But look closer – the grey laminate floor, the oddly dispiriting double-glazed front door, the immaculately shiny black work surfaces, the unmildewed shower, the white and un-worn wardrobe and bed: this is all new. From the looks of it, nobody has ever lived here before, and this project has been completed in lockdown.

Someone looked at the half-garage spare room they had on the back of their house and thought, ‘Two cunts could live here, and pay most of my mortgage back while they do it.’ Someone thought a cubicle shower and a couple of erratically-placed plug sockets is enough to sustain two people and a profit while they do it. This entire grey untouched place is the endgame of an extremely depressing and un-empathetic thought process. Evil distilled like vodka through Mrs. Hinch’s dreary Instagram aesthetic and uploaded to Gumtree for profit. Oh look, your partner’s just walked in and sat cross-legged on your bed in a serious pose, I won’t interrupt y—


“Hey,” they say, “I think it’s time.”

“What for?”

“For the next step.”

“I told you I have a complicated relationship with my parents, so that’s why I didn’t invite you to Easter, even though I Instagrammed it loads and it really did look like we get on really well and I had a whole brother I’d forgotten to tell you about and—”

“No, not that. I mean… we’ve been spending a lot of time together in lockdown…”


“And it’s been 14 months since I found all those texts on your phone and made you delete the number of the person you were sending them to.”


“So… I think we should move in together!”

“What, here? With four lads called ‘Callum’ I went to university with? The Lad Hutch™?”

“No, not The Lad Hutch™. Somewhere else. Just the two of us.”

They’ve got a laptop out. It’s never good when they’ve got a laptop out.

“I’ve been looking online and… there’s some really cute places we can afford…”

“This is just a washing machine inside a prison cell.”

“It’s cute!”

“It’s in Edmonton.”

“So you don’t love me!”

I’m going to tiptoe out of here, mate. Cal, Callum and Calsy have all got a FIFA tournament on the go downstairs, and I’m playing as Inter. Enjoy the next two hours of this argument where you eventually concede that actually you do want to live together and yes, you do want to sleep in a single bed next to a washing machine in Edmonton. It’ll be nice, in a way. I’ll take your slot in T.L.H.™ and keep the downstairs sofa warm for when you need it in eight months’ time. What a run we had. What a run we had.


(*1) The “Not So Bad!” Caveat Footnote:  I know it doesn’t seem like this column contains any rules, forethought or parameters, but it slightly does, and one of them comes down to how much the flat fundamentally costs per month to rent, which is a constantly moving target inside my head, completely uninformed by data, research or evidence. Roughly: if the flat is horrible, but is far below the median London rent price range, then it gets a pass from me, because people of all income streams deserve to live in the city, and if that means you have to exist in a £450-a-month bedsit then I’m not going to go online and be like, “Looks shit, mate. Where’s your wardrobe???? Dickhead.”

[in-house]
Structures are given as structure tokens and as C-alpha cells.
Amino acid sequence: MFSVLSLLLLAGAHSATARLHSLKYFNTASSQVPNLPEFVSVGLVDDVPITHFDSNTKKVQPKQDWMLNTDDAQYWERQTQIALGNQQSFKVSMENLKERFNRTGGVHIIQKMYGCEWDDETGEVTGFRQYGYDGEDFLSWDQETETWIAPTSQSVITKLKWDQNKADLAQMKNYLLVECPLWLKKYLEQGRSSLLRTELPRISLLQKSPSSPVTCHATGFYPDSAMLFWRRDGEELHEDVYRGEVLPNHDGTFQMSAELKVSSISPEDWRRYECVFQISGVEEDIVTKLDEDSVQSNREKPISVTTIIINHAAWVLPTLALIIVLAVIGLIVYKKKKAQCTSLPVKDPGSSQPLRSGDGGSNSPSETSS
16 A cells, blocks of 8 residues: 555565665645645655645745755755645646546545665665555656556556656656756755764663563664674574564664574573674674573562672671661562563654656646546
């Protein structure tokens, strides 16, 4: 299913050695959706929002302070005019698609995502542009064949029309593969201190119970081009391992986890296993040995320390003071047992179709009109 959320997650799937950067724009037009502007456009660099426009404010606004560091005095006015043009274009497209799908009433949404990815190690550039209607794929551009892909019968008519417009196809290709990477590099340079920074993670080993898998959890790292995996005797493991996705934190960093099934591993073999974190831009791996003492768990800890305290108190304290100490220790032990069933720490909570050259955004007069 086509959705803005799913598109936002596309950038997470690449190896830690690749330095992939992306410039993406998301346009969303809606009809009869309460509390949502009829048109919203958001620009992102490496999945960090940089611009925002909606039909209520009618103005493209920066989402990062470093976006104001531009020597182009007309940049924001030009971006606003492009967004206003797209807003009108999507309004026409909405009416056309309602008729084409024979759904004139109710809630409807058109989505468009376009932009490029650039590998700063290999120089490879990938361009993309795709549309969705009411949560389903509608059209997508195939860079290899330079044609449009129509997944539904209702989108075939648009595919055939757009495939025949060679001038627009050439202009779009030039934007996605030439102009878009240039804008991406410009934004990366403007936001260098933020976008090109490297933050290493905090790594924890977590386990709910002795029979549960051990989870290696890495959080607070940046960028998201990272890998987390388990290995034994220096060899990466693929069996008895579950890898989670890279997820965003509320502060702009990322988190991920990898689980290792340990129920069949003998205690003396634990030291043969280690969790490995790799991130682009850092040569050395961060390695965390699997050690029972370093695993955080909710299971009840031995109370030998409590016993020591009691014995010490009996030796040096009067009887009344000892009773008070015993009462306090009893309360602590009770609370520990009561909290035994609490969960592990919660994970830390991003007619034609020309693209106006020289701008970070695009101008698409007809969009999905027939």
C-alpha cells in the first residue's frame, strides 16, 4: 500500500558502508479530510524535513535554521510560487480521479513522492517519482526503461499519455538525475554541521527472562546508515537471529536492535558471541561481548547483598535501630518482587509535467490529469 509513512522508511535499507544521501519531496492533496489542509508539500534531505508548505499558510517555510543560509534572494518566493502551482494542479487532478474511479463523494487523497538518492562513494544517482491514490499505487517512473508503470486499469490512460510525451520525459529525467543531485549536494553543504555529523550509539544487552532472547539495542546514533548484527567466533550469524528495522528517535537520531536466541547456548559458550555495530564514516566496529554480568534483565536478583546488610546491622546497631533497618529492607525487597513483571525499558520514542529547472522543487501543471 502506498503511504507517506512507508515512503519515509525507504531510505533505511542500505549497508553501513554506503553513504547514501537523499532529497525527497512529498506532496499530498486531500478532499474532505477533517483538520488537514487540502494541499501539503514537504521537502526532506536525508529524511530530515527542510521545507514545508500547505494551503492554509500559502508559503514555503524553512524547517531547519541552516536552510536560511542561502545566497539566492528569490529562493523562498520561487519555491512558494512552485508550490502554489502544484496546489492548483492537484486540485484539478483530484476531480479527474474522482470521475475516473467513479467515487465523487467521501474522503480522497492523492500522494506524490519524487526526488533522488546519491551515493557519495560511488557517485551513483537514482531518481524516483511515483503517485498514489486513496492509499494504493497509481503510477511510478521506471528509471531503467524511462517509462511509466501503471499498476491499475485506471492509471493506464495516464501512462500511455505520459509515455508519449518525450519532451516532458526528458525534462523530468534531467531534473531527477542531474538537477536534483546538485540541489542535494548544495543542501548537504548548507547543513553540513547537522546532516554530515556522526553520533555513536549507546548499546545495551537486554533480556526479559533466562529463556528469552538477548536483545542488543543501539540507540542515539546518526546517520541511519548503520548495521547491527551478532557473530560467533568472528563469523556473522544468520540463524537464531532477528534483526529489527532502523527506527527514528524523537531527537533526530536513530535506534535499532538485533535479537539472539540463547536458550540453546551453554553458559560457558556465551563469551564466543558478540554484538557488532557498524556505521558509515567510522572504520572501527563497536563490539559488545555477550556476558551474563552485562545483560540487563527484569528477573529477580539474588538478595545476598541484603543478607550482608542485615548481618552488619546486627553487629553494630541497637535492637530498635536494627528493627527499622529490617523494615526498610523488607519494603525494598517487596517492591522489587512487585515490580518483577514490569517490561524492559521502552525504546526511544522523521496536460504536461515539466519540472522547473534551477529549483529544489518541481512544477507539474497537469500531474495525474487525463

The point of the column is to find shitholes that are not only shitholes but push the limits of what rental value the space is worth (the existence of which, by degrees, makes your rent on a non-shithole more and more expensive by degrees), and that’s where the Not So Bad! rule comes in. This place, at the right price, would be Not So Bad! But it’s £750 a month, in not-quite-Edmonton, and you have to share it with your partner. So now it has become, by extension, Bad. You see now the point of the footnote.

(*2) Your flat will probably also have a designated space where you all keep a laundry airer, and you all say it’s a temporary feature because sometimes you fold it down and put it behind the door in your living room when people come over, but in actuality it’s one of the most permanent fixtures you have, because there’s three of you and Amy does two laundry loads a week, PLUS her sheets and duvets every Sunday, so there is basically, always, a huge rack of laundry in the house, looming there awkwardly, just standing there, taking up an exceptional amount of space in your front room. You plan for the space you need to accommodate a sofa, and a TV stand, and a dining table, and where you’re going to lean your bike. You never, ever actualise the sheer floorspace needed to accommodate a big wash of all your pants and socks. But there it is, isn’t it. Look up if you’re at home now. There is an 80 percent chance you are looking at your own laundry. We are forced to live among the detritus of being alive.